- Never lose sight of why you’re learning theory and technique in the first place. Hopefully you’re doing it because you truly want to be a better player, and because you are truly committed to your craft. I say this because in an academic environment, learning new stuff can become something you’re “supposed to do” rather than something you want to do. Practicing can become a chore all of a sudden, rather than a labour of love.
- I used to worry about never becoming unique as a player. A friend of mine who was actually studying to become a pastor talked about that very subject with me one day, as he felt the same way in his profession. At first he felt he had to be able to compete with the likes of a Billy Graham or whoever. What he told me is that he realized no one will ever do it quite like you will (I’m using the editorial you here) When I thought about that…I knew he was right. Everyone is different….you don’t have to work at it….that’s just how it is.
- Don’t be afraid to go for it when you’re performing/improvising. Taking the biggest risks has the potential for the biggest rewards.
- You will make a mistake….and lots of them. You don’t suck if you mess up….you’re learning…just learn to not make the same mistake twice. Every great player who is anybody has made more mistakes than you….that’s why they’re so great. Think of Babe Ruth…do you know how many times that guy struck out?
- Many people are talented…but many of them will give up. The people who are successful are the ones who are persistent. They’re not afraid of making a mistake or being rejected, and they don’t quit.
- Try not to be jealous of the achievements, abilities or success of other people. Ultimately it’s a waste of mental energy, and nothing good will come of it. Learn to acknowledge people for their achievements…learn from them and their mistakes.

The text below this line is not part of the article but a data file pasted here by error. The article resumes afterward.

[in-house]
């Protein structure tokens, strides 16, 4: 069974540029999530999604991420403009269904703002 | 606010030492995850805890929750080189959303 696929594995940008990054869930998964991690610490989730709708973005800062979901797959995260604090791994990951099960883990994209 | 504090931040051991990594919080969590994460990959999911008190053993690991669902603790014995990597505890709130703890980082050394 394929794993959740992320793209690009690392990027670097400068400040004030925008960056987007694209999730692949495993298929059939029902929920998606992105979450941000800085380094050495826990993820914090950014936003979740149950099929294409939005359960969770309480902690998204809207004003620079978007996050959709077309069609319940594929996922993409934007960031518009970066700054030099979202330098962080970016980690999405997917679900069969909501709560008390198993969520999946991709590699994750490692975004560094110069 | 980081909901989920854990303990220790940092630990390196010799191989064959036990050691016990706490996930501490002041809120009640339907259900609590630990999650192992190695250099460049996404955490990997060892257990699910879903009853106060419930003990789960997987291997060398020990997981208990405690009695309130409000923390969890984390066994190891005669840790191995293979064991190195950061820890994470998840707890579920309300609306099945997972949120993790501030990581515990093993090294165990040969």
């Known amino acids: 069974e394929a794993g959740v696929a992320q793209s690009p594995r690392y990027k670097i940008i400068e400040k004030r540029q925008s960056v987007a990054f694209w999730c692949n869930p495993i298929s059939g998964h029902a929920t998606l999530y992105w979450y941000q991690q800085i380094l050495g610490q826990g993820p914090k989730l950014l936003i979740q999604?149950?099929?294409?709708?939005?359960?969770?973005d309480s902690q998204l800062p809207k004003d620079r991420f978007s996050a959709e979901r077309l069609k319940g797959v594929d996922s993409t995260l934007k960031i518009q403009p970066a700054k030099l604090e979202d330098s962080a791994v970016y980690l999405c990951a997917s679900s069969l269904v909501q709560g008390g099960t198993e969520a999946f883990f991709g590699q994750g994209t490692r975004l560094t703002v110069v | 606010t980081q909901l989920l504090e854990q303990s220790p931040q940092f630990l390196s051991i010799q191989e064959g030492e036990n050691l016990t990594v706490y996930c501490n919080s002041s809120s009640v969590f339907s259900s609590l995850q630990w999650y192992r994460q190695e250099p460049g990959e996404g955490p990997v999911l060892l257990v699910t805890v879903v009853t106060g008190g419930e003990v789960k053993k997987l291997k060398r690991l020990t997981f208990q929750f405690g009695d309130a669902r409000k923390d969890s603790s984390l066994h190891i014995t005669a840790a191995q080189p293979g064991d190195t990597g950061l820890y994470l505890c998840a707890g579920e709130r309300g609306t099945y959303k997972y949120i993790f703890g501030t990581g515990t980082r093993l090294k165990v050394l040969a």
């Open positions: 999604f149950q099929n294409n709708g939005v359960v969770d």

- Repetition is the mother of skill. I bet if you asked someone like Keith Jarrett or Miles Davis how many times they have played a blues….it would be in the thousands.
- If possible, be consistent in your practice routine. Work on something until it becomes part of you. The tendency with a lot of students (including myself) is that they want to learn everything all at once and they’re very quick to move on to a new concept without fully incorporating the previous one. Rome wasn’t built in a day ya’ know. I heard that Coltrane was working on Giant Steps for about a year before he started to play it.
- Even if you feel like your playing is not improving…keep at it. Progress usually happens in small increments and it’s hard to see it as it’s happening. It’s like watching a tree grow. I guarantee if you record your playing now, and compare it with a recording of yourself a year later, you’ll notice a huge difference.
- I’ve been in a few situations where my group is opening for some seriously high caliber musicians. There’s always a tendency to want to show that you can hang with the big boys and you feel like you need to play a perfect show. I’ve found this to be counter productive because once you start having unrealistic expectations of the outcome, you’ll end up stifling creativity and you’ll probably be really bummed if they don’t happen. Improvisation is about being in the moment…not playing with an agenda. You can’t force yourself to play a certain way unless the music offers you the opportunity.
- It’s not a competition to be better than everyone else. If you’re going to compete…compete against yourself. My goal as a performer is to play a better show than my last one. Someday, I’m going to kick my own ass!
- Always welcome the opportunity to play with people that are better than you. As a matter of fact, I only call people that are better than me for my own gigs. That’s one of the best ways to get better is to be around people that will push you musically.
I have to say, that I really do love jazz music now. My list of influences has expanded to people like Keith Jarrett, Mike Stern, Pat Metheny, Medeski Martin Wood and John Scofield. Not to mention I love the music of Miles Davis, John Coltrane, Bill Evans, and many others. If I had the choice of going to music school to study, versus just pursuing a music career without any extensive training, I would still choose to go to school. Knowing more about music and becoming more intimate with it has really helped elevate my enjoyment of it. It’s taken a long time for the enjoyment part to return because it really felt like it went away for a while when I was at school. It’s like seeing an old friend you haven’t seen in a long time.